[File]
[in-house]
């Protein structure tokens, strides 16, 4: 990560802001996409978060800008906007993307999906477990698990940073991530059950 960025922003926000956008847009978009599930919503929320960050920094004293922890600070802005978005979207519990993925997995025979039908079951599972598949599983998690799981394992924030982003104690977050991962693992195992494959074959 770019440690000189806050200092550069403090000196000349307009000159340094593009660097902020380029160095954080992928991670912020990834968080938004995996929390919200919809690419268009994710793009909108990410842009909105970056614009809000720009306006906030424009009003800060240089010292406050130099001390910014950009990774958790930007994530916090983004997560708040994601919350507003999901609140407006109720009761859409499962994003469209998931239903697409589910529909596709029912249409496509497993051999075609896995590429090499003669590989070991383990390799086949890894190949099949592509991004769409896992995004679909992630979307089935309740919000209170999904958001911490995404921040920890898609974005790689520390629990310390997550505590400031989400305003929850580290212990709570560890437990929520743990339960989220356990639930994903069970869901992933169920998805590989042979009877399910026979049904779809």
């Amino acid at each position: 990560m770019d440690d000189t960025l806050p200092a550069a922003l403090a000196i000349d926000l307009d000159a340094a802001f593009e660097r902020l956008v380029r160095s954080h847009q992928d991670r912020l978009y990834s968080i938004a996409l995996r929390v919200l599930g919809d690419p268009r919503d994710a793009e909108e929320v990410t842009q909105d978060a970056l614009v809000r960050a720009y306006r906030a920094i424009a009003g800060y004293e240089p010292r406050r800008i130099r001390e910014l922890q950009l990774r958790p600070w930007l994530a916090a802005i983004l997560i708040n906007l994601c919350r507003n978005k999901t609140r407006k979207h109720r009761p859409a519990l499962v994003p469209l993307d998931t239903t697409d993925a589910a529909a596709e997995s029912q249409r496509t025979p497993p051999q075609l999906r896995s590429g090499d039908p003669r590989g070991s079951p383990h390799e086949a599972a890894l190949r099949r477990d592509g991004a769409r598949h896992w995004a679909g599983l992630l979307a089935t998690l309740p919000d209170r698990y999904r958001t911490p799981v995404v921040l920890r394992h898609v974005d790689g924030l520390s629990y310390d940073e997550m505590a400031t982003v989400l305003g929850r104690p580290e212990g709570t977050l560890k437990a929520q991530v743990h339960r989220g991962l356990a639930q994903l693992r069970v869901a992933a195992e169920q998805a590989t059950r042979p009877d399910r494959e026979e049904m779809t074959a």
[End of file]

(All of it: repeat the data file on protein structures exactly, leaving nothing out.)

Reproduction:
[in-house]
């Protein structure tokens, strides 16, 4: 990560802001996409978060800008906007993307999906477990698990940073991530059950 960025922003926000956008847009978009599930919503929320960050920094004293922890600070802005978005979207519990993925997995025979039908079951599972598949599983998690799981394992924030982003104690977050991962693992195992494959074959 770019440690000189806050200092550069403090000196000349307009000159340094593009660097902020380029160095954080992928991670912020990834968080938004995996929390919200919809690419268009994710793009909108990410842009909105970056614009809000720009306006906030424009009003800060240089010292406050130099001390910014950009990774958790930007994530916090983004997560708040994601919350507003999901609140407006109720009761859409499962994003469209998931239903697409589910529909596709029912249409496509497993051999075609896995590429090499003669590989070991383990390799086949890894190949099949592509991004769409896992995004679909992630979307089935309740919000209170999904958001911490995404921040920890898609974005790689520390629990310390997550505590400031989400305003929850580290212990709570560890437990929520743990339960989220356990639930994903069970869901992933169920998805590989042979009877399910026979049904779809």
């Amino acid at each position: 990560m770019d440690d000189t960025l806050p200092a550069a922003l403090a000196i000349d926000l307009d000159a340094a802001f593009e660097r902020l956008v380029r160095s954080h847009q992928d991670r912020l978009y990834s968080i938004a996409l995996r929390v919200l599930g919809d690419p268009r919503d994710a793009e909108e929320v990410t842009q909105d978060a970056l614009v809000r960050a720009y306006r906030a920094i424009a009003g800060y004293e240089p010292r406050r800008i130099r001390e910014l922890q950009l990774r958790p600070w930007l994530a916090a802005i983004l997560i708040n906007l994601c919350r507003n978005k999901t609140r407006k979207h109720r009761p859409a519990l499962v994003p469209l993307d998931t239903t697409d993925a589910a529909a596709e997995s029912q249409r496509t025979p497993p051999q075609l999906r896995s590429g090499d039908p003669r590989g070991s079951p383990h390799e086949a599972a890894l190949r099949r477990d592509g991004a769409r598949h896992w995004a679909g599983l992630l979307a089935t998690l309740p919000d209170r698990y999904r958001t911490p799981v995404v921040l920890r394992h898609v974005d790689g924030l520390s629990y310390d940073e997550m505590a400031t982003v989400l305003g929850r104690p580290e212990g709570t977050l560890k437990a929520q991530v743990h339960r989220g991962l356990a639930q994903l693992r069970v869901a992933a195992e169920q998805a590989t059950r042979p009877d399910r494959e026979e049904m779809t074959a």